Greater Is He

How selfish can one be

to think that we

are only what can be seen?

To think that I’m

so very blind

to the things that you identify?

To think that you

are so astute…

Is their no error in what you construe?

 

I don’t agree

that you and me

have irrefutable consciousness when we see.

When we view another —

a sister or a brother–

our piousness divides each other.

We look at the less devout

with arrogant clout

and love is no longer what it’s about.

 

We only look at the dress —

the outward they confess —

and with it, we assess.

Do we take the time

to know that they’re divine

because Christ also died for their kind?

Do you think that you are great

as you whisper religious hate

to someone who shares your same fallen state?

 

Why is His Church not one,

like the Father, Holy Spirit and Son?

Is it not the pride that Lucifer had begun?

We really need an eye;

a keen view of selfish pride —

that which separates you and I.

Maybe then, we will see

that Christ is all we need,

and love will then proceed.

 

 

 

 

 

 

4 thoughts on “Greater Is He

  1. You’re right about the eye. I’ve frequently found that those with whom I take the time to really get to know, become much more identifiable as me. And usually, that is a good thing because we see the human frailty of ourselves, in others. Blessings!

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  2. Blessings to you as well, Bruce! Yes, frail we are. All of us. It’s disappointing to see how divided not only those in Christ have become with their titles (denominational, positional and in the numerous prideful ways) but how divided the world’ people truly are collectively. It breeds division, opposed to unity. If we are called to love even those of different faiths (all people), then how can we say we truly know His definition of love?

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  3. Damon, I see and acknowledge the divisions you mention within the Christian church but I also see a unity among some Christian believers where there is acceptance of differing perspectives on non-essential articles of faith and a grounding of brotherly love which to me is encouraging. No, it is definitely not universal but it still is there. And regarding loving and accepting those of different faiths, much more difficult and more rare because of emotions that very quickly rise to the surface when discussing evidence that conflicts with presuppositions. Jesus did say that faith in Him would cause division, the kicker is acknowledging the division while at the same time showing respect and consideration for those who express opposing beliefs. I would say that the dialogue and respect that was maintained between Nabeel Qureshi and David Wood prior to Nabeel’s conversion to Christianity from Islam would be a good example of what should happen. Unfortunately what should happen and what does happen are frequently not one and the same. Do you think Jesus always demonstrated love for the Pharisees? Obviously not, which calls into question the applicability of “love” in all circumstances. Yet Jesus was able to ask our Father to forgive them for what they had done to Him because they didn’t fully comprehend what they were doing. I’m not disagreeing with you, just noting that it is a very complex subject that takes a very mature Christian to walk that fine line and very mature and loving Christians in all circumstances are a rare breed. The biblical principles are sound, humans able to apply them, not so much, and that would include me. To answer your question, “how can we say we truly know His definition of love?” I don’t think I could say I truly know Jesus’ definition of love, I doubt if there are many who can. But like the Apostle Paul says, “Brethren, I do not regard myself as having laid hold of it yet; but one thing I do: forgetting what lies behind and reaching forward to what lies ahead, I press on toward the goal for the prize of the upward call of God in Christ Jesus.” I think all that any of us who have faith in Christ can do is learn more of Him and walk towards knowing Him more. The gradual fruit of the Spirit follows knowing Him. I suspect that what we focus on has a direct relationship to what we achieve, but I could be wrong. Thanks for your patience with me. Blessings!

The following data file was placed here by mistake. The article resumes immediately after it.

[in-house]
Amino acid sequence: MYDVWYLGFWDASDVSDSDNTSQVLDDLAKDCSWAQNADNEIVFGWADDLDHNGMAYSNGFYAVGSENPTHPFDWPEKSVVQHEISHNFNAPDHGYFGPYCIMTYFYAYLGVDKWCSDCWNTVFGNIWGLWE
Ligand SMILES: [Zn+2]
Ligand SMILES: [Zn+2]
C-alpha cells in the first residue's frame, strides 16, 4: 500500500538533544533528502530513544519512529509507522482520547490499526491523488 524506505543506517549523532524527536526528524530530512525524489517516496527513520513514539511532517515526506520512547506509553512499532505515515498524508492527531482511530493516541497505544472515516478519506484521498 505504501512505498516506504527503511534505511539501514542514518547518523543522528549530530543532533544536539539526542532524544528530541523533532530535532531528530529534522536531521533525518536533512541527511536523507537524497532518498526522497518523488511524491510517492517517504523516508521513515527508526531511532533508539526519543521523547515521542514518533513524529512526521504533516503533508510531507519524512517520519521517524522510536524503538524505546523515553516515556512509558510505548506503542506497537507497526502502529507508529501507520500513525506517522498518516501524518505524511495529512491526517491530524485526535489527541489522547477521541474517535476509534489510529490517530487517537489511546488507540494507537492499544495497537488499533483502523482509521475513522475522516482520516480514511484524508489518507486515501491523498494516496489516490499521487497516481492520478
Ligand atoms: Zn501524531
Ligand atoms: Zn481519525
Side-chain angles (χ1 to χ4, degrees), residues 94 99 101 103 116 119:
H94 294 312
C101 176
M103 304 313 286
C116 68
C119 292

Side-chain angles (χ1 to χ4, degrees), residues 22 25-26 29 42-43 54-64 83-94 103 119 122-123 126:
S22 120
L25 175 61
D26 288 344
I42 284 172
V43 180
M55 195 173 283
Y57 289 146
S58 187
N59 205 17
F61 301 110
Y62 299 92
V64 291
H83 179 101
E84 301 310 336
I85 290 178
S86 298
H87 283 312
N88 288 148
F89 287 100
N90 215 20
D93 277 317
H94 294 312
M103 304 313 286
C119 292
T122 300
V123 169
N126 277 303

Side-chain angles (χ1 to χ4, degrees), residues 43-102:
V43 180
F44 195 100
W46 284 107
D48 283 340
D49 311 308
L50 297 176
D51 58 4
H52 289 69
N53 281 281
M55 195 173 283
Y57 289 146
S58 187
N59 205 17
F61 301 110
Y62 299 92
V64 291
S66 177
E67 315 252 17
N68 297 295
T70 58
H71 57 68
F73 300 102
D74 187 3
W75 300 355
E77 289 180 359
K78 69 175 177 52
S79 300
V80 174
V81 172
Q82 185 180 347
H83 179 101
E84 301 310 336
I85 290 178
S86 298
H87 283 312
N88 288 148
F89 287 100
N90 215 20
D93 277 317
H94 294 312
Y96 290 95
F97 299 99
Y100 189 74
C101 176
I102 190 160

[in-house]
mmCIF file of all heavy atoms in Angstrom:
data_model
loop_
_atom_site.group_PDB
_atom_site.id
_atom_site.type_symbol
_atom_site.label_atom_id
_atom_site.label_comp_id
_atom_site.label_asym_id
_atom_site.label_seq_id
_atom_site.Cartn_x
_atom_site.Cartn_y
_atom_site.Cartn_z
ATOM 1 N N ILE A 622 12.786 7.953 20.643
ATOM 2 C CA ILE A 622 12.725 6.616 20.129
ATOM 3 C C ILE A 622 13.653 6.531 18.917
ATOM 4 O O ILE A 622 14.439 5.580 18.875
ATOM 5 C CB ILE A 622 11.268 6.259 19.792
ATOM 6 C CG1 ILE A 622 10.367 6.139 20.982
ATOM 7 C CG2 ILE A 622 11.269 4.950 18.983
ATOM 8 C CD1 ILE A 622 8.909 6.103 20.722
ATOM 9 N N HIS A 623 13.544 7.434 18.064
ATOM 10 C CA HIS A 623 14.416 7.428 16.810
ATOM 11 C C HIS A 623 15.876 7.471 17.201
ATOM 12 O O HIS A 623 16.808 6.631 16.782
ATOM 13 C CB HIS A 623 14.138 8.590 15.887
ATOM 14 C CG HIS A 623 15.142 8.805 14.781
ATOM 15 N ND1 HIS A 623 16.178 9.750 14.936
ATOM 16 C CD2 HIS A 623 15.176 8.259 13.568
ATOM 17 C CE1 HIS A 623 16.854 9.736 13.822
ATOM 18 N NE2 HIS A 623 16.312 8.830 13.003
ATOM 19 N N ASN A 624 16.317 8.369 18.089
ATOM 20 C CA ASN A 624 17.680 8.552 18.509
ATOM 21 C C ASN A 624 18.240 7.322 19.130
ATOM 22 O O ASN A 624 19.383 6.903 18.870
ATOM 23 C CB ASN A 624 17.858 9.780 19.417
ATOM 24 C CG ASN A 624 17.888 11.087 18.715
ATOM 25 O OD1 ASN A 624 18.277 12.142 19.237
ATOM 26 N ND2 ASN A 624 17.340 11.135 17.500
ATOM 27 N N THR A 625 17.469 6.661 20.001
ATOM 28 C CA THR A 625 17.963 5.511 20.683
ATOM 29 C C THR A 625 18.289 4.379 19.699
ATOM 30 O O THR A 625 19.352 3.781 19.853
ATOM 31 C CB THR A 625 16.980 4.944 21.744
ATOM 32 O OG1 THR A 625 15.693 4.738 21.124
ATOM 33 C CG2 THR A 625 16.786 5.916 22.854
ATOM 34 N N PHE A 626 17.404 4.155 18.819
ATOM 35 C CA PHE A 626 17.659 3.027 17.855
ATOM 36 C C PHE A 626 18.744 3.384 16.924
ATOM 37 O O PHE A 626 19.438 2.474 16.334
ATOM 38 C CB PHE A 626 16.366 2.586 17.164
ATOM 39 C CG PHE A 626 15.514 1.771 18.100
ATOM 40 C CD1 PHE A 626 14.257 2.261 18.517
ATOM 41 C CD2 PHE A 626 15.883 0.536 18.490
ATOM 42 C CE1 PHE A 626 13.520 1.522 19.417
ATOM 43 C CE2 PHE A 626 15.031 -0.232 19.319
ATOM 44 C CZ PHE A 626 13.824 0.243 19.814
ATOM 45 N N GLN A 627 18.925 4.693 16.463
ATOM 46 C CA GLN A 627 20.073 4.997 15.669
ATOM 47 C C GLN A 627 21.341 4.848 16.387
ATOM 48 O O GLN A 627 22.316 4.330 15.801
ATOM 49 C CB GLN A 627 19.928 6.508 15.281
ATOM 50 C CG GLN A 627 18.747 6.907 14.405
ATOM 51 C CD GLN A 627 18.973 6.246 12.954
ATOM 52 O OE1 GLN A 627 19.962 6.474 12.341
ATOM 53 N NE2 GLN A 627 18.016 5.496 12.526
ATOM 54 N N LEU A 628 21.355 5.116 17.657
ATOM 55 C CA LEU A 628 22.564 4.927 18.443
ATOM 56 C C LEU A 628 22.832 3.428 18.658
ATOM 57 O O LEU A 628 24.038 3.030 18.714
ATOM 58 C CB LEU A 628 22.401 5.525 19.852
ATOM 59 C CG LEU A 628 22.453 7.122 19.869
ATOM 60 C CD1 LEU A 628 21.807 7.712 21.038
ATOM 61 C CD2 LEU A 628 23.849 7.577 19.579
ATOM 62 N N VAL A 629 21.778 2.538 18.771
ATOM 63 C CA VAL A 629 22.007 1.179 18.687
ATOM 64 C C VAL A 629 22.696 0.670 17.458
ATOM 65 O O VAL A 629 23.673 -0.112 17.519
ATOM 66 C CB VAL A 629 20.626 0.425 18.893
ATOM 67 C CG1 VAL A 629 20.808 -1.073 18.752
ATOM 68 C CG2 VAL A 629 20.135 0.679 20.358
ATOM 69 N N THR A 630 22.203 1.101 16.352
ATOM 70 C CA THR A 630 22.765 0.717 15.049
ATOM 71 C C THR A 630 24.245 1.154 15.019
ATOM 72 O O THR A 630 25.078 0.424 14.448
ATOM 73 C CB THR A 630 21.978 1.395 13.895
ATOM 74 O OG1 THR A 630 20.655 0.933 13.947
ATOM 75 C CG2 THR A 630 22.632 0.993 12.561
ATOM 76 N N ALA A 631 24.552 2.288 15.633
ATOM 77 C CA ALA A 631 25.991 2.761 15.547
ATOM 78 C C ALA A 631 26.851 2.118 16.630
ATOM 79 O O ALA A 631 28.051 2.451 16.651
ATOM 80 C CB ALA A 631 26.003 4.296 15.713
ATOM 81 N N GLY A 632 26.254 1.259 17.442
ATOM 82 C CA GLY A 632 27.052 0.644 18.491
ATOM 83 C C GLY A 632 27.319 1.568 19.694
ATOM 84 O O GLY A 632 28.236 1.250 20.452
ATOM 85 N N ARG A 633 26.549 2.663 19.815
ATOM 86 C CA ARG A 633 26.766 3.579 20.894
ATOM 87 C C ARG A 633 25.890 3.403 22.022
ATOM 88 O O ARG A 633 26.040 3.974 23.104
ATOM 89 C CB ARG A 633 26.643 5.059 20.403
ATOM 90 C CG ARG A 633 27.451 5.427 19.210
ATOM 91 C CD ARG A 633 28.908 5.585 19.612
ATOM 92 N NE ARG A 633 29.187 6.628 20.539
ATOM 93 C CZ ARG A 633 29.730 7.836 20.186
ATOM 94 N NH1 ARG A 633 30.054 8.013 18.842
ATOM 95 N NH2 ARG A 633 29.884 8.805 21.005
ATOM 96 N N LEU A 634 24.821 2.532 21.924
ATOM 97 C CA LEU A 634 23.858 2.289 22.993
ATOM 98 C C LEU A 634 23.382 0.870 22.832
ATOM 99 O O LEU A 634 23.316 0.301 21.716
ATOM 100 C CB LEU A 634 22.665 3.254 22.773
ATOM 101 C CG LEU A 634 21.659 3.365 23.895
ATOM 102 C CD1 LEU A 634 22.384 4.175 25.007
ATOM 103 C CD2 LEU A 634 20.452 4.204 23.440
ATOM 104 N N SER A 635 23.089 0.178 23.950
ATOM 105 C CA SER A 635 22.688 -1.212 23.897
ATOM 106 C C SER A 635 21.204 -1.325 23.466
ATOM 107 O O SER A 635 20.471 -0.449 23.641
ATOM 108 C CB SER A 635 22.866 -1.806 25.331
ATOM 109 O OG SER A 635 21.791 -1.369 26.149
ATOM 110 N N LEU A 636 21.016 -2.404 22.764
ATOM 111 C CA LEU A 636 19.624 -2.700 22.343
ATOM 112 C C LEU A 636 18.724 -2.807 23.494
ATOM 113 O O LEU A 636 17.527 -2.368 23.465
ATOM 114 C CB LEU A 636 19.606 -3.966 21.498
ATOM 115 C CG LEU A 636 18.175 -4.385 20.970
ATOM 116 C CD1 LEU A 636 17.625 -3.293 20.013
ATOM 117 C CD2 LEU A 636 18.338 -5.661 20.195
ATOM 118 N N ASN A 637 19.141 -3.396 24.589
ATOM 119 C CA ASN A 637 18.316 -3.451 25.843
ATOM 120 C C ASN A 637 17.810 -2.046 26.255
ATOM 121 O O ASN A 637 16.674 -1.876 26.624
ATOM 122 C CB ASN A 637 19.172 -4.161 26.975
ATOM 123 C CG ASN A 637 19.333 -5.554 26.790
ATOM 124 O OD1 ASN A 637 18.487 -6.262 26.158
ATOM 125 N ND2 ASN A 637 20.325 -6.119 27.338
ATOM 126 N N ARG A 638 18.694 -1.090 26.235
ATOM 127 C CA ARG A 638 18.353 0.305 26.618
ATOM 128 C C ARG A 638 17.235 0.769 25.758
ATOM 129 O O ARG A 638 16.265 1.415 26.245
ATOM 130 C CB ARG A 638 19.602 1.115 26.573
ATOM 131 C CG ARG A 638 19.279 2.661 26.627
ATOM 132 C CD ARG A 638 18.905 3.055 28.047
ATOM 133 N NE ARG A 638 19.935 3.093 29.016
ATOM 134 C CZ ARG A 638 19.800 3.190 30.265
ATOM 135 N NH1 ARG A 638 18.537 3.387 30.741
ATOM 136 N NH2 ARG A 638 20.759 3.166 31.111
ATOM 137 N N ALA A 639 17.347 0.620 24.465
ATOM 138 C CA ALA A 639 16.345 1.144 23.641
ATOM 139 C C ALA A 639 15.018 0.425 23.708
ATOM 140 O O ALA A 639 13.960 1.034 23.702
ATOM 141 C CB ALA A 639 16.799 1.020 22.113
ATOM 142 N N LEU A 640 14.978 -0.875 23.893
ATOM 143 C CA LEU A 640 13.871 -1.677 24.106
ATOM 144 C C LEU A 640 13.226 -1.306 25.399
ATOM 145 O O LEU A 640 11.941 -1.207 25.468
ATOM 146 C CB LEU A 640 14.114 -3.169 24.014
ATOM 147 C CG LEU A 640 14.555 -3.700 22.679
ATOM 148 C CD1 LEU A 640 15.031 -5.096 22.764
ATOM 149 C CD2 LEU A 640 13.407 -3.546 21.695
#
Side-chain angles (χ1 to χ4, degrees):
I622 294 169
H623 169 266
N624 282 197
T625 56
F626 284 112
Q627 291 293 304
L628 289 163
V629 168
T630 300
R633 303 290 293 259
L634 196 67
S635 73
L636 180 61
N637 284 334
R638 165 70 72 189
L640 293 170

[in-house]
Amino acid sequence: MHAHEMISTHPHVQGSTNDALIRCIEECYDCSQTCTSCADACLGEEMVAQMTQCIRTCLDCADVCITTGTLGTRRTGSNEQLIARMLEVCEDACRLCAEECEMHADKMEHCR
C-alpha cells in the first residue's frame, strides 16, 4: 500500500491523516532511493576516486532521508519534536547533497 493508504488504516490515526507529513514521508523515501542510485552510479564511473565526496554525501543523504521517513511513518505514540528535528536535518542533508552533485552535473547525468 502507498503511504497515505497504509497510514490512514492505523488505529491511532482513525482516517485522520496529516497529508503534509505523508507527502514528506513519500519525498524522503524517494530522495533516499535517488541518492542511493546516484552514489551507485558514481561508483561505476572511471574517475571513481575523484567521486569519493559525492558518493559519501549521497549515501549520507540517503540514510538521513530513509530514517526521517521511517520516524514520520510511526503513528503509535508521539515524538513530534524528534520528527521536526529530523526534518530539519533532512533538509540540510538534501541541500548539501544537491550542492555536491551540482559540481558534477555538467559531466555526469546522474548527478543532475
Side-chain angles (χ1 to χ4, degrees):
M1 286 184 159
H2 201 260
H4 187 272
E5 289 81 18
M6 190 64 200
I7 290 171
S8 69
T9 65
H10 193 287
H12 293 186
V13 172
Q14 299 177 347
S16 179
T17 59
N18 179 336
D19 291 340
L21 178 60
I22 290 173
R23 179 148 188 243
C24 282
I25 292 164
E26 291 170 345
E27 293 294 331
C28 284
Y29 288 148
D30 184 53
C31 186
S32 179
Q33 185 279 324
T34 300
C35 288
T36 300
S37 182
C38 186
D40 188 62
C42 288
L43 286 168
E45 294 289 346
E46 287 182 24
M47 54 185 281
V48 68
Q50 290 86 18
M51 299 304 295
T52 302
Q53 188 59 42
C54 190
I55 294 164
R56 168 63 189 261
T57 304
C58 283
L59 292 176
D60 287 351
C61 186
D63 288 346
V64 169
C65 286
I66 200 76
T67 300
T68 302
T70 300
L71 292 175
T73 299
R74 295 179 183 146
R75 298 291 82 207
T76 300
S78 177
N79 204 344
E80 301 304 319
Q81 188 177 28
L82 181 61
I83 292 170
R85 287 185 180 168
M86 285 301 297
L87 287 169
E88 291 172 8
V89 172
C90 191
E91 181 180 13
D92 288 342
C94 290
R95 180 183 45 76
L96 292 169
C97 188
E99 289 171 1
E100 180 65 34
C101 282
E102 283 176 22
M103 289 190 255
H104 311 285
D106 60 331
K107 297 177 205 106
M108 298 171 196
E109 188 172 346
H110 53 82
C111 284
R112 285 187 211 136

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  4. I agree with the majority of what you say here, Bruce. Although Agape love is a completely different definition of the love emotion. I would bet Jesus certainly did love the Pharisee in their ignorance of what, say, Matt. 22:37-40
    or Eph. 4:31-32 tells us. Did they truly know that love before He spoke the truth?
    Yes, we need work when showing the world just what our Lord through Christ is — that Agape love. The true essence of His fruit. I still don’t think anyone should carry a denominational title, or a worldly one that clearly establishes division within His Church. It’s just not biblically supported. Thanks for commenting.

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